Education reforms: Add modern subjects to madrassa curricula, suggests former CII chief

Masud says madrassa students need to benefit from advances in research methodologies.

Our Correspondent March 17, 2014
Masud says madrassa students need to benefit from advances in research methodologies. PHOTO: REUTERS


Modern subjects must be introduced in the curriculum of seminaries so students there can learn advanced research methods, according to noted religious scholar Dr Khalid Masud.

Masud, a former chairman of the Council of Islamic Ideology, was speaking at the prize distribution ceremony of an inter-madrassa essay writing contest organised by the Pak Institute of Peace Studies (PIPS) and the Alif Ailaan education campaign.

Masud said madrassa students need to benefit from advances in research methodologies, but they cannot access these new trends in education unless the curriculum is revised to reflect the changes.

He also urged religious scholars and seminaries to focus on ethics and to also help overcome national differences.

Gilgit-Baltistan Council Member Maulana Ataullah Shahab said discussions among people belonging to different schools of thought are the need of the hour in Pakistan. Shahab said the madrassa students have to be made a part of the nation’s education system because ignoring one group or section leads to a sense of deprivation.

PIPS Director Amir Rana said dialogue and discussions between students from universities and students from seminaries can help resolve some of the misunderstandings that exist in society.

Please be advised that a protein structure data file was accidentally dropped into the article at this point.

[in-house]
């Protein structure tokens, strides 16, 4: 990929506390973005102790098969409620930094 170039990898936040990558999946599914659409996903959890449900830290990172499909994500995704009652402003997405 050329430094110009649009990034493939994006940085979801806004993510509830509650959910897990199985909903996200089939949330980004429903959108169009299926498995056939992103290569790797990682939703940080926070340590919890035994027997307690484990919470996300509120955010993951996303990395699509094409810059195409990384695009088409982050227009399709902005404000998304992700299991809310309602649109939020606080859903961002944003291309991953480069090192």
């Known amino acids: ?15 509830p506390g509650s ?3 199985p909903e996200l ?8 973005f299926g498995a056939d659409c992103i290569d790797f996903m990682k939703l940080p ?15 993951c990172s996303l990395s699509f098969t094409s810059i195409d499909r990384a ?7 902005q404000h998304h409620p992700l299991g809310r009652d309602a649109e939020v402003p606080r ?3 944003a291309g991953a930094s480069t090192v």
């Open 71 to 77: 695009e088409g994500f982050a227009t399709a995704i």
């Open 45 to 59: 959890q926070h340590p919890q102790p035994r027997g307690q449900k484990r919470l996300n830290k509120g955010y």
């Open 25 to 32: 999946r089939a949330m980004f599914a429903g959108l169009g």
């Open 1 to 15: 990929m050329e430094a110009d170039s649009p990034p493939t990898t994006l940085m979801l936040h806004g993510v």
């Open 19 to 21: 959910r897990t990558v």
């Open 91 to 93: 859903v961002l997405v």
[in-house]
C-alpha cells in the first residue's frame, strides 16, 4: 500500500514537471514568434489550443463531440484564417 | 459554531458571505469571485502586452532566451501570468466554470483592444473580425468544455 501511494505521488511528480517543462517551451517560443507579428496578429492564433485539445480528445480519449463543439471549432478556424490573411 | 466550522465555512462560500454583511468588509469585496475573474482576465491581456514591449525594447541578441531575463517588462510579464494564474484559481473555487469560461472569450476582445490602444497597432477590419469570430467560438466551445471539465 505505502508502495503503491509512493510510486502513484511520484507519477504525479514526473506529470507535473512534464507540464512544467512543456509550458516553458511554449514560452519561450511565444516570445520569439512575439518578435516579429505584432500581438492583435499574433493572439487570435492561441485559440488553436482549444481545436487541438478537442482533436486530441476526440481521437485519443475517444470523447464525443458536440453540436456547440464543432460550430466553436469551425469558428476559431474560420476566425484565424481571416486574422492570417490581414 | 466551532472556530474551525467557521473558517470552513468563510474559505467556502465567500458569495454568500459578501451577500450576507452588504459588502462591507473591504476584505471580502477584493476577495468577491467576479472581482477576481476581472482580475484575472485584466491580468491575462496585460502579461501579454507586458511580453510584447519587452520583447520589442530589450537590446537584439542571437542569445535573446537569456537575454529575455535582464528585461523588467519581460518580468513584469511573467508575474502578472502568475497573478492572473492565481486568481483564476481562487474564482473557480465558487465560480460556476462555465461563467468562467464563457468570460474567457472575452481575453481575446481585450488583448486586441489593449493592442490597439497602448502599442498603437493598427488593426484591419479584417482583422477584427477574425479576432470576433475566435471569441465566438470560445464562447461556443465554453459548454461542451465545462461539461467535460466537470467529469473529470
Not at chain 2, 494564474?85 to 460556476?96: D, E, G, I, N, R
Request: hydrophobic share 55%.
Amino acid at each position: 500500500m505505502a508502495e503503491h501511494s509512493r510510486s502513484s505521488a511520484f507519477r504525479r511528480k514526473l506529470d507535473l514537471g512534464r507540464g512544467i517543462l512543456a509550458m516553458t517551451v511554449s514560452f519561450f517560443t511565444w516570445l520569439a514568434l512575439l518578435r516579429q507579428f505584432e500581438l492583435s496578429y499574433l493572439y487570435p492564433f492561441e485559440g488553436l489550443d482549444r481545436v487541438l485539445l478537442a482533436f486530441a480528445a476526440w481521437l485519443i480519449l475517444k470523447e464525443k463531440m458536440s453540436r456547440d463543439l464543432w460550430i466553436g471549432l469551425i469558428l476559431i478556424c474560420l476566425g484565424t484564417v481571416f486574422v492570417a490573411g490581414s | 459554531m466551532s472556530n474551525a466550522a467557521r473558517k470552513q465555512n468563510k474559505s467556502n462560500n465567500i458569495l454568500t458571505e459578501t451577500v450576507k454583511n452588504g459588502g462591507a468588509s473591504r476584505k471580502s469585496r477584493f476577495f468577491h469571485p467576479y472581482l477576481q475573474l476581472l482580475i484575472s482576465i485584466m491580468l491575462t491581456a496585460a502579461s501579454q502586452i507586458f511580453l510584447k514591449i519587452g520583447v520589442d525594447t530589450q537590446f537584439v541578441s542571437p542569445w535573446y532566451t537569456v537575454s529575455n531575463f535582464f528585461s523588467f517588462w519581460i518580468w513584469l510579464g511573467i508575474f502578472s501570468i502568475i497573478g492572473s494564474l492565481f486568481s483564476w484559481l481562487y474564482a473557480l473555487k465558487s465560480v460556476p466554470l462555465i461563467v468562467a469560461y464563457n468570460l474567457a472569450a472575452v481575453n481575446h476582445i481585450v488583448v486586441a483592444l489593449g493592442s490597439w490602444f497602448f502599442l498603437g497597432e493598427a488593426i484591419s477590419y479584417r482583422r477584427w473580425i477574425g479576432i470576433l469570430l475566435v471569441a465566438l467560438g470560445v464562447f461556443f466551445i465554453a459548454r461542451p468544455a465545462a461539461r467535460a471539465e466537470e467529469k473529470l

Alif Ailaan programme manager Imran Khan said only the government and politicians can improve the education system. But Khan said the civil society has to play its part in raising awareness about the fundamental right to education.

Earlier, students from universities and seminaries also participated in a dialogue with the theme “Role of education in development and nation building: the situation in Pakistan.” Students, who participated in the dialogue, said the government should initiate long-term projects in the education sector.

They also called for some uniformity in the education system and stressed the need to overcome the country’s education emergency through individual and collective actions.

Published in The Express Tribune, March 17th, 2014.


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Babar | 7 years ago | Reply

@Ashraf P: Tell that to the doctors, engineers, teachers, etc who have studied 'non Islamic education' tbh for Muslims to increase their literacy etc they do need to teach various subjects. You should read on the Islamic golden age before trying to act smart and see that Baghdad was the capital of science and mathematics in a Islamic Khalifate. Also next time don't visit a 'doctor' when your ill because they've had non Islamic education.

hamza khan | 7 years ago | Reply

@tattu mian:

he did...this man was CII president under the shaukat aziz/musharraf government. apart from being highly regarded as an actual scholar of islam, he is well known to advocate madrassas teach other subjects, and if you recall the musharraf government recommended and was attempting to do this before our maulvis decided that a secular education is blasphemy.

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